Planning rules forcing Aucklanders to build bigger houses
Four and five-bedroom houses are taking over the property market at the expense of three-bedroom homes.
Auckland Council says planning rules are encouraging people to build larger homes when what is needed is developments of smaller units.
As the city struggles with a housing shortage, the increase in the number of large freestanding homes is outstripping growth in more affordable dwellings, experts say.
It's a nationwide trend, with houses getting bigger even though the average household size remains steady at 2.7 people per home.
In Auckland the proportion of houses with four and five bedrooms has shot up in the last decade, from 25 per cent in 2001 to 31.4 per cent at the last census in 2013.
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Meanwhile the proportion of three-bedroom homes has fallen - from 46 per cent in 2001 to 41 per cent in 2013 - with the share of two-bedroom units also decreasing slightly.
Auckland's density regulations, which restrict how many units can be built on a section, force developers to construct large bespoke homes, Auckland Council chief economist Chris Parker said.
The land was expensive and it was the only way for them to maximise their investment, he said.
"The cumulative effect of that is that we're propping up the top half of the market with volume in new builds," Parker said.
"The key... is to open up the bottom half of the market, increase ability to build attached buildings near town centres."
This would then reduce the median house price, he said.
Auckland Council has proposed allowing more intensification under the city's new Unitary Plan, currently being formulated, particularly within a 10km radius of the CBD.
Shamubeel Eaqub, co-author of the book Generation Rent about the dream of home ownership fading for many Kiwis, said Auckland was a bit different from the rest of the country.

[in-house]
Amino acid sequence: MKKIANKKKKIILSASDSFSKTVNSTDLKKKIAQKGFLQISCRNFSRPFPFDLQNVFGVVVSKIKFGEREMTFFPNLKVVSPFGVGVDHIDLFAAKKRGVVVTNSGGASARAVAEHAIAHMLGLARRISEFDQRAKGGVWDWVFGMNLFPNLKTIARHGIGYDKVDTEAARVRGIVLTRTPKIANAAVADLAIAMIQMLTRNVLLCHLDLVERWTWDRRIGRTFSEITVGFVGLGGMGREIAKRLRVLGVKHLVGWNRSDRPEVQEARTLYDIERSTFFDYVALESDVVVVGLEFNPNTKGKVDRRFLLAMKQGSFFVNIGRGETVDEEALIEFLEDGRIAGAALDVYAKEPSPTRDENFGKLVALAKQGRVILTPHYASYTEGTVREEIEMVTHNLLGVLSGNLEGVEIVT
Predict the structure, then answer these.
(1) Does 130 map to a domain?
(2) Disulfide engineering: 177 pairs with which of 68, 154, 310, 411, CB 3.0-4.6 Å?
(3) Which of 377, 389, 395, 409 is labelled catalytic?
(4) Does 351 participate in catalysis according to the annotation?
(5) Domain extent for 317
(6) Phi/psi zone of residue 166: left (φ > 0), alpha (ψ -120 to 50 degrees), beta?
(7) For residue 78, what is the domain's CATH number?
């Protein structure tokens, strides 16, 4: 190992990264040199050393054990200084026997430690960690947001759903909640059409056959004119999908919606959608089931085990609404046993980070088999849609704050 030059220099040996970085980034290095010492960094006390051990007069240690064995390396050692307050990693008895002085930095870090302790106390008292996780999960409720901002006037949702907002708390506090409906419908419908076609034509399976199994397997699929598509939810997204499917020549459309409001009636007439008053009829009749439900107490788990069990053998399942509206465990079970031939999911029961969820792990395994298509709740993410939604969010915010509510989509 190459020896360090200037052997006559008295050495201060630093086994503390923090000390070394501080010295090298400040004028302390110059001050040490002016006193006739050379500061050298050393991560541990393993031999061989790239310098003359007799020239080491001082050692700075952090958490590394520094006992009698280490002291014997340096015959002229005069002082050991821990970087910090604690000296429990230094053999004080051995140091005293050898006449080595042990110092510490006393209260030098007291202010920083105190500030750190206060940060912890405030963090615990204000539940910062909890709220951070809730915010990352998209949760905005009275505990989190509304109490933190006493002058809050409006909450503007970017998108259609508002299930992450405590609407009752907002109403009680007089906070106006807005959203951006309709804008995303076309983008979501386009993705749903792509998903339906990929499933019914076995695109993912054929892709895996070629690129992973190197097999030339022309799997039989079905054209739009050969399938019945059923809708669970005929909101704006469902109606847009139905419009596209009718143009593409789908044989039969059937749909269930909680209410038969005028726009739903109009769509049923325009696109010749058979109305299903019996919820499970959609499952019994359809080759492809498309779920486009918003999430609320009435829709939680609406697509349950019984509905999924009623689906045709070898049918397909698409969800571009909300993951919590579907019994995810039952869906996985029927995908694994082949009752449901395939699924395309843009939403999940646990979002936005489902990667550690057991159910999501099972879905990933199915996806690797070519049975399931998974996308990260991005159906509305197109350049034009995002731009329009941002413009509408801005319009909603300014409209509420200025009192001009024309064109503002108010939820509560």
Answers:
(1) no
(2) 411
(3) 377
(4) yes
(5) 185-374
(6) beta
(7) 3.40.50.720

While New Zealand-wide the biggest growth in households was in one and two person households, in Auckland there was growth overall, he said.
This was because the city's population was relatively young, and its Maori and Pasifika communities tended to have larger families.
It meant there was increasing demand for both smaller and larger dwellings."It's kind of this bimodal distribution where you've got lots of growth in very small and very large size households," he said.
"The challenge is can we provide the kinds of houses that are necessary, and where in the market is (it) meeting the demand.
"Most of the demand that is being met tends to be the more affluent people who are able to afford those kinds of (larger) houses."
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Home builder New Dreamland Development, which is constructing the Addison development in Takanini, said most of its products were three- to four-bedroom homes.
"Within Addison, for example, the four-bedroom homes with the extra room at the back are extremely popular right now," general manager Amanda Minting Wen said.
"Three-bedroom homes are not as popular, because the buyer always wants more for their money.
"The additional rooms give buyers and investors options for what they can do with the extra space, which is always welcome," she said.
Development industry body the Property Council is holding its annual Residential Development Summit on Thursday, looking at the causes of Auckland's housing unaffordability.
Auckland needed a "dynamic legislative and regulatory environment" to meet the mounting challenges of housing shortages and escalating prices in a city where infrastructure development had been neglected for decades, environmental lawyer Sue Simons, who will speak at the summit, said.
"The property development industry also needs greater certainty surrounding Auckland Council's proposed Unitary Plan and land supply strategies," she said.